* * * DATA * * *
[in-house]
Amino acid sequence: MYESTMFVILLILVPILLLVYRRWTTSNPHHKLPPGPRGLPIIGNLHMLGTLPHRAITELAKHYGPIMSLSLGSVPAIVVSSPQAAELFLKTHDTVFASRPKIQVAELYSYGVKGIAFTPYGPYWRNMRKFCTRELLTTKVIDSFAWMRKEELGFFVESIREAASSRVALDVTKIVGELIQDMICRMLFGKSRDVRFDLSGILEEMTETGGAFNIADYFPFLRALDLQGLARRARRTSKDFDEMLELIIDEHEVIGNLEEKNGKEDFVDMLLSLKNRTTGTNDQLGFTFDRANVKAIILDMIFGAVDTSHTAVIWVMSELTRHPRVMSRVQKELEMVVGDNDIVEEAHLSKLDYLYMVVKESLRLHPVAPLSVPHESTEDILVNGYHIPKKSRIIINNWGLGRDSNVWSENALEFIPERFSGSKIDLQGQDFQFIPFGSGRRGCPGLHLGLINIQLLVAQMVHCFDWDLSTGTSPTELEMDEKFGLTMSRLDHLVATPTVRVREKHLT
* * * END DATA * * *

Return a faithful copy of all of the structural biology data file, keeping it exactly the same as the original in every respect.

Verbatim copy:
[in-house]
Amino acid sequence: MYESTMFVILLILVPILLLVYRRWTTSNPHHKLPPGPRGLPIIGNLHMLGTLPHRAITELAKHYGPIMSLSLGSVPAIVVSSPQAAELFLKTHDTVFASRPKIQVAELYSYGVKGIAFTPYGPYWRNMRKFCTRELLTTKVIDSFAWMRKEELGFFVESIREAASSRVALDVTKIVGELIQDMICRMLFGKSRDVRFDLSGILEEMTETGGAFNIADYFPFLRALDLQGLARRARRTSKDFDEMLELIIDEHEVIGNLEEKNGKEDFVDMLLSLKNRTTGTNDQLGFTFDRANVKAIILDMIFGAVDTSHTAVIWVMSELTRHPRVMSRVQKELEMVVGDNDIVEEAHLSKLDYLYMVVKESLRLHPVAPLSVPHESTEDILVNGYHIPKKSRIIINNWGLGRDSNVWSENALEFIPERFSGSKIDLQGQDFQFIPFGSGRRGCPGLHLGLINIQLLVAQMVHCFDWDLSTGTSPTELEMDEKFGLTMSRLDHLVATPTVRVREKHLT